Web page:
Communicating your own boundaries as well as recognizing and respecting those of others could help to foster healthy relationships: doing so helps to know for certain what a person is and is not comfortable doing or saying. To minimize guesswork for others and to reduce feelings of disappointment for yourself, clearly and confidently advocating for what is and is not within the perimeters what is agreeable for you is key.

Being aware of and respecting your own boundaries is also a form of self care: valuing your own feelings and needs and being able to respect those of others can help to realize that no one is responsible or accountable for anyone else’s feelings or behaviours. As such, your own mental, and maybe even physical well being could be improved by unambiguously mapping out your boundaries.

Why Is This So Hard?

Even after clarifying your values and understanding which boundaries are important enough to you for you to set, it could still seem like quite a daunting task to take action and set the boundaries you feel are appropriate. That is understandable! Setting boundaries is a skill and like any other skill, it cannot be learned and mastered overnight! A lot of practice and courage are involved.  Perhaps boundary setting is so new and so foreign to you that you aren’t even sure if, when, or how to set them.  Good for you for even considering giving it a go! Let’s take a look at some tips that could help you to get started:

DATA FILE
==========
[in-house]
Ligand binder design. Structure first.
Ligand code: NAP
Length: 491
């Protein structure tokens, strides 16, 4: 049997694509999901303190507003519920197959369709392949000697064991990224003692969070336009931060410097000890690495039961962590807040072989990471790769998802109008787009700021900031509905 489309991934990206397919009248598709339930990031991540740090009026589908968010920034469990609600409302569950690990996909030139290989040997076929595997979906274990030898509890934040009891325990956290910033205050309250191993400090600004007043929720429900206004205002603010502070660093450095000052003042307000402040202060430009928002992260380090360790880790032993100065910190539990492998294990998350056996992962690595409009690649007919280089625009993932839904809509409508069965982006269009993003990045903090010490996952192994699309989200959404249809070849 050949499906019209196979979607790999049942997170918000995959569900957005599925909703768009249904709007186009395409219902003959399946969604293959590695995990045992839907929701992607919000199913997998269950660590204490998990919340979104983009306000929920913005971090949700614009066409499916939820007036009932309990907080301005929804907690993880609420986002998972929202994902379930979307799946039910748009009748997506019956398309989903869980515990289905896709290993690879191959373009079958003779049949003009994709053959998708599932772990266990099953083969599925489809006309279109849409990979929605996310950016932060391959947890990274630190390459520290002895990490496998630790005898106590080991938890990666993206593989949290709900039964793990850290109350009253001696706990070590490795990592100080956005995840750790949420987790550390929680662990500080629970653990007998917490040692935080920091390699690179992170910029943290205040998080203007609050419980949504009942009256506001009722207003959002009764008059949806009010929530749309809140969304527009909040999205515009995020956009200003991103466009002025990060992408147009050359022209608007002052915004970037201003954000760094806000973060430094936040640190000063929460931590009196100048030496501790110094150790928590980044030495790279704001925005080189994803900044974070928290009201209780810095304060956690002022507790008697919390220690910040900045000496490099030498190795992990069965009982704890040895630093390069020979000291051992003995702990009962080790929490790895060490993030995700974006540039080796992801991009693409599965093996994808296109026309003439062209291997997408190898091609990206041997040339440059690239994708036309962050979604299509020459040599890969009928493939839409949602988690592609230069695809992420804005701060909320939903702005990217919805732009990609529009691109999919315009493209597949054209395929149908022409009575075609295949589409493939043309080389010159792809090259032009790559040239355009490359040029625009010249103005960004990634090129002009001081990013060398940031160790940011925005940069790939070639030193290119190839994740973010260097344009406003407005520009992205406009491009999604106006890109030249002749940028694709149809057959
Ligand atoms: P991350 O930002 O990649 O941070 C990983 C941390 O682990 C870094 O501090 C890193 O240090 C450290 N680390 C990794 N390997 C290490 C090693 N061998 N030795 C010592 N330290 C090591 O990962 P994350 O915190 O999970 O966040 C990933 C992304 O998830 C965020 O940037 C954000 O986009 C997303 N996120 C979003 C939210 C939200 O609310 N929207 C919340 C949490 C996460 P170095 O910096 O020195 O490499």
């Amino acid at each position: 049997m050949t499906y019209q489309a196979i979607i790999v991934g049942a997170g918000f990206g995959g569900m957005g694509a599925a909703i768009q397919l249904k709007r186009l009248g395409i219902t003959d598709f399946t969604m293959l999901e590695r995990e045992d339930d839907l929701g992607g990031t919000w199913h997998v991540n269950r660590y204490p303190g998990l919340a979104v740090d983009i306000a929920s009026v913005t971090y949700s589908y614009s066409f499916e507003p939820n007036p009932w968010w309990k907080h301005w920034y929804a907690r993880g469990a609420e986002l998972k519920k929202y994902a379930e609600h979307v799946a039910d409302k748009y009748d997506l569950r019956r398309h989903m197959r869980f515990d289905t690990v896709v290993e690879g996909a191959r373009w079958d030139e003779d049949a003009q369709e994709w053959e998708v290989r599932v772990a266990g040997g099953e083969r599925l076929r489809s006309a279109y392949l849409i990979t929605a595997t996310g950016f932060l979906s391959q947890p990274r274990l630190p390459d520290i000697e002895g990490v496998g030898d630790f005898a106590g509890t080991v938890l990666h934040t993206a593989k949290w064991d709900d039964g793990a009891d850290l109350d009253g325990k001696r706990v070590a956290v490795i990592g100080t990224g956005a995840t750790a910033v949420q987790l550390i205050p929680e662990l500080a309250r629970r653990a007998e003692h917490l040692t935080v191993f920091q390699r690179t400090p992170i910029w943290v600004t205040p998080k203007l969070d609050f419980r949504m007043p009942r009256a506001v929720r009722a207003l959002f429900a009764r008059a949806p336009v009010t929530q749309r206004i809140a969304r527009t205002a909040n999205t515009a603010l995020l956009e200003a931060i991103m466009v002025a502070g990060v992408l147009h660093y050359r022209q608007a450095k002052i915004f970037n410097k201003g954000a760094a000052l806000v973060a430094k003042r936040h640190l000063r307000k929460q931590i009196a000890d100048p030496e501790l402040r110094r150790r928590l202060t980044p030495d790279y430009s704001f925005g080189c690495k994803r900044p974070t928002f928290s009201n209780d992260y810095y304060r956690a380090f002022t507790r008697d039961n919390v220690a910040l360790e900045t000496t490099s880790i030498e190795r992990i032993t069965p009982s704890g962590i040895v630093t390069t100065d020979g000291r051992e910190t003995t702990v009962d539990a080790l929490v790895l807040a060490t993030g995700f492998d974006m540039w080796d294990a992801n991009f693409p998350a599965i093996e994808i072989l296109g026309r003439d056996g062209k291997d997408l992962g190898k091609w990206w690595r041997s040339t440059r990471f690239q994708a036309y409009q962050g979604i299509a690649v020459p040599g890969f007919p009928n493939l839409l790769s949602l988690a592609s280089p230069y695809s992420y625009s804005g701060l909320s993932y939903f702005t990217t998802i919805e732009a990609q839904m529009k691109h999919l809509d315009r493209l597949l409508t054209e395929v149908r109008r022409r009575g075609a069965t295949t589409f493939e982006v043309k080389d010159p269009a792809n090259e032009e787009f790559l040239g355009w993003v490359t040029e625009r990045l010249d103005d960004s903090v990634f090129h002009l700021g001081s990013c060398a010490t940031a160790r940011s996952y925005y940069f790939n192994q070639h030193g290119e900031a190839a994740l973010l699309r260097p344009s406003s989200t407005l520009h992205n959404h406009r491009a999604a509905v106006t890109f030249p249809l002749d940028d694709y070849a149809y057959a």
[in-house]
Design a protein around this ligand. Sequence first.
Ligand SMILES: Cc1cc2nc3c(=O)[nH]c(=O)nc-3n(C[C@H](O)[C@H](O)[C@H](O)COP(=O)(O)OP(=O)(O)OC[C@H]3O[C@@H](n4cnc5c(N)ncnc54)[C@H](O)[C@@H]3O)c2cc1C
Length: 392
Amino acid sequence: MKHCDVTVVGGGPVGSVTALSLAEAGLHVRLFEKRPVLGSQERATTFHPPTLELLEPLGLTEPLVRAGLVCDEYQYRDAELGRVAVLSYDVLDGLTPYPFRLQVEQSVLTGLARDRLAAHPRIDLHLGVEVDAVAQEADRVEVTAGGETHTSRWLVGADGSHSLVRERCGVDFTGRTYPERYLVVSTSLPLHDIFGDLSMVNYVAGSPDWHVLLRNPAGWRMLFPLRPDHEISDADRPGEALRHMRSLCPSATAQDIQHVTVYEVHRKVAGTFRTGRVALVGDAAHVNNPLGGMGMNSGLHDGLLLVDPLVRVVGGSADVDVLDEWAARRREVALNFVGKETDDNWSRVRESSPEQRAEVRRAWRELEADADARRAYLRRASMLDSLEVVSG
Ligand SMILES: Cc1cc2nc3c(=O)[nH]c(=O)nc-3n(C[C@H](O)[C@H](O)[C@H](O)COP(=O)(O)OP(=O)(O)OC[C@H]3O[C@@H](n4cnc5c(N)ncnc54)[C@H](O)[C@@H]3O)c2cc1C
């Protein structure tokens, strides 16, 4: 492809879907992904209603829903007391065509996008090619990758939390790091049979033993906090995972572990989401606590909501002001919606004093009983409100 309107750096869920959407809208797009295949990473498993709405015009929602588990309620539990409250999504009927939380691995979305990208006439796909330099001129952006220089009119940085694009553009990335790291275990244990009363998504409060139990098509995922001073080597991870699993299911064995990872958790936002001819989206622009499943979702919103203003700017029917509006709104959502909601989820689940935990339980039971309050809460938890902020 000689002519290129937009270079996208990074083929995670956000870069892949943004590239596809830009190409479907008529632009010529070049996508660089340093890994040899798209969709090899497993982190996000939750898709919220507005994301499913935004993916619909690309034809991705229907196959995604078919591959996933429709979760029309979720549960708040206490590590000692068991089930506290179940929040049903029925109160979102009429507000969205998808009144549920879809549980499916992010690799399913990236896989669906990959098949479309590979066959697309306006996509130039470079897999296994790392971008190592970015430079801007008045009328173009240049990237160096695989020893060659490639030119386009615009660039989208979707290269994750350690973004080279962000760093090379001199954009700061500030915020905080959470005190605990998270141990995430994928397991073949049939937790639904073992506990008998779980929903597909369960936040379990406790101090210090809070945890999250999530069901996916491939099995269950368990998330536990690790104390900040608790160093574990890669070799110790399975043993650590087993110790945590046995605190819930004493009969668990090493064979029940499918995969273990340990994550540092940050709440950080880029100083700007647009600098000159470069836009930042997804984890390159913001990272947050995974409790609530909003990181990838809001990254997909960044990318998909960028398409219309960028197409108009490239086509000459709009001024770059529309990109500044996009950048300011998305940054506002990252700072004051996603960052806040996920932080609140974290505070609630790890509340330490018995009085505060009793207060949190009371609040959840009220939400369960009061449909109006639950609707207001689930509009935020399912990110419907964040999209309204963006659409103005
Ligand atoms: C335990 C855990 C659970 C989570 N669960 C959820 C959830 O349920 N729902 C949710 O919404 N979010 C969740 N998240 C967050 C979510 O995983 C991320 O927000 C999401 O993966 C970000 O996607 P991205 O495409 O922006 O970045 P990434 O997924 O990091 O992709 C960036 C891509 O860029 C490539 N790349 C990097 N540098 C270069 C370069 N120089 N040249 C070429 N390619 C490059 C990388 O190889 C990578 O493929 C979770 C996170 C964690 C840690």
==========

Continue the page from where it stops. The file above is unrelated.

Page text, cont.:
Beginning to Map ‘Em Out

As mentioned earlier, not everyone is comfortable with setting boundaries nor is everyone naturally inclined to do so. There is also the possibility that setting boundaries may render those around you uncomfortable, especially if persons are not used to your clarifying and asserting yourself.  A change of any sort often requires adapting to “new normals” and previously unfamiliar precedents. It is important to realize and accept that setting boundaries with some people will be easier than with other people; this is inevitable! Depending on the kind of relationship you have with the person, spelling out what is okay for you/being assertive and standing your ground could be intimidating.